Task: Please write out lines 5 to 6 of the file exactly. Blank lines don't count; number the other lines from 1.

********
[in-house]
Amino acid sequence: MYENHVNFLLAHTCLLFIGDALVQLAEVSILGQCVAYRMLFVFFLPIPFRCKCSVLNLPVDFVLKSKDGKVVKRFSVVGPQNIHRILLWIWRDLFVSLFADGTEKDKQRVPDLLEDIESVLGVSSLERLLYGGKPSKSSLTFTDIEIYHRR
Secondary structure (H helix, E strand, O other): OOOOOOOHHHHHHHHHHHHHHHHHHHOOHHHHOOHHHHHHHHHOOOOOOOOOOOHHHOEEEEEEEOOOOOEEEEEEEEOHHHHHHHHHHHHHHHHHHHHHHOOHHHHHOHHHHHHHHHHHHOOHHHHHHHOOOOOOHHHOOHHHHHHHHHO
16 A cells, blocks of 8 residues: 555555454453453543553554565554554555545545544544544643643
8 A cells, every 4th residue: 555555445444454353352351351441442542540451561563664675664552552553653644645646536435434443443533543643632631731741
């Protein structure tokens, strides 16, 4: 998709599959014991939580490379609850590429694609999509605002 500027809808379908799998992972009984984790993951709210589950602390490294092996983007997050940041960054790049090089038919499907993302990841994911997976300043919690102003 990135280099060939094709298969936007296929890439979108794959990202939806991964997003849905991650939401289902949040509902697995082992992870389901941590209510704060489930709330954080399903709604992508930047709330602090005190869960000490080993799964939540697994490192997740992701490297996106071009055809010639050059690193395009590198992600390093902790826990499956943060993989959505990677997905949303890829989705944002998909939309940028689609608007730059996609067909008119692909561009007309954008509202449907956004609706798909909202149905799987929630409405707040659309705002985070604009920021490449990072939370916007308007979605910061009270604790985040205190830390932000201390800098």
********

8 A cells, every 4th residue: 555555445444454353352351351441442542540451561563664675664552552553653644645646536435434443443533543643632631731741
């Protein structure tokens, strides 16, 4: 998709599959014991939580490379609850590429694609999509605002 500027809808379908799998992972009984984790993951709210589950602390490294092996983007997050940041960054790049090089038919499907993302990841994911997976300043919690102003 990135280099060939094709298969936007296929890439979108794959990202939806991964997003849905991650939401289902949040509902697995082992992870389901941590209510704060489930709330954080399903709604992508930047709330602090005190869960000490080993799964939540697994490192997740992701490297996106071009055809010639050059690193395009590198992600390093902790826990499956943060993989959505990677997905949303890829989705944002998909939309940028689609608007730059996609067909008119692909561009007309954008509202449907956004609706798909909202149905799987929630409405707040659309705002985070604009920021490449990072939370916007308007979605910061009270604790985040205190830390932000201390800098």